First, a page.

Bedford Castle

Excavating the mound

Trial excavations on top of the mound showed it had been built up of layers of compacted rubble. Nothing was found of the buildings which once crowned the high point of the castle, but we did get pottery dating from the late 11th century, when the castle was built. The geophysical survey showed a line running in a rough circle about 8m inside the rim of the mound. Could this be the shell keep wall, enclosing a smaller stone keep?

The mound has been modified and re-used many times over the years. From the 16th century, its flat top was used as a bowling green. A fragment of a white ceramic bowling ‘jack’ is an unusual archaeological find from the south side of the mound.

The Ice-House

The 19th-century icehouse, under the northern part of the mound, was emptied out. It has a central well over 4m deep, and must once have held enough ice for all the inns in Bedford.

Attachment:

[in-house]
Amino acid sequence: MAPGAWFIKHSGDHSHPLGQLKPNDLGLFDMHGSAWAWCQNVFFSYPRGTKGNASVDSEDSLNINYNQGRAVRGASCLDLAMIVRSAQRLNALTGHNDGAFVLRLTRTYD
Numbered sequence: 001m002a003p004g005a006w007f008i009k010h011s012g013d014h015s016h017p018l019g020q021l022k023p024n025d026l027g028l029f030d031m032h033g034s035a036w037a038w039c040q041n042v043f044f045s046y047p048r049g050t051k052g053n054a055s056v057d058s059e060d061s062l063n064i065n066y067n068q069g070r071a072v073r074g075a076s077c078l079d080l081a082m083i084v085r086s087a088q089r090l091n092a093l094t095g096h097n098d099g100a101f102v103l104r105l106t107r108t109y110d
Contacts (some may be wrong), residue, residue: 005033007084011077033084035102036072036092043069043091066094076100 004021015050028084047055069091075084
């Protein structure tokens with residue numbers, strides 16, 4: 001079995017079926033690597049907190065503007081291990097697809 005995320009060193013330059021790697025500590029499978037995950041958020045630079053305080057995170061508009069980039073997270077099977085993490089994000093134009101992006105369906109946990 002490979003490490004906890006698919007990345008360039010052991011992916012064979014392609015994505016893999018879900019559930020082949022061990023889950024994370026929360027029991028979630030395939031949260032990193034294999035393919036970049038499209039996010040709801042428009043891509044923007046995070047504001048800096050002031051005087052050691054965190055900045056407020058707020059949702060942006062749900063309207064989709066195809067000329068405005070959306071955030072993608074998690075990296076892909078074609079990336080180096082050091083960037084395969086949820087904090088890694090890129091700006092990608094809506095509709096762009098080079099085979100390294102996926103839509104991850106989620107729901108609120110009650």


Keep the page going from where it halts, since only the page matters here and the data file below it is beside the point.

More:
Castle Lane

The Council asked Albion Archaeology to prepare an up-to-date report on the archaeology for the benefit of architects entering the RIBA Castle Lane design competition, launched in February 2004.  A desk-based study was carried out of the car parks. This area was once occupied by the inner and outer baileys – the busiest parts of the castle. It’s amazing to think that under the tarmac is one of the richest archaeological sites in the country!

Modelling the Castle

To assess the significance of buried archaeological layers, we constructed a ‘digital deposit model’ using information acquired from the 1970s excavations. This model plots in three dimensions, all walls, moats and other features known to exist under the ground, so their location can now be viewed at the touch of a button.

Alan Ferguson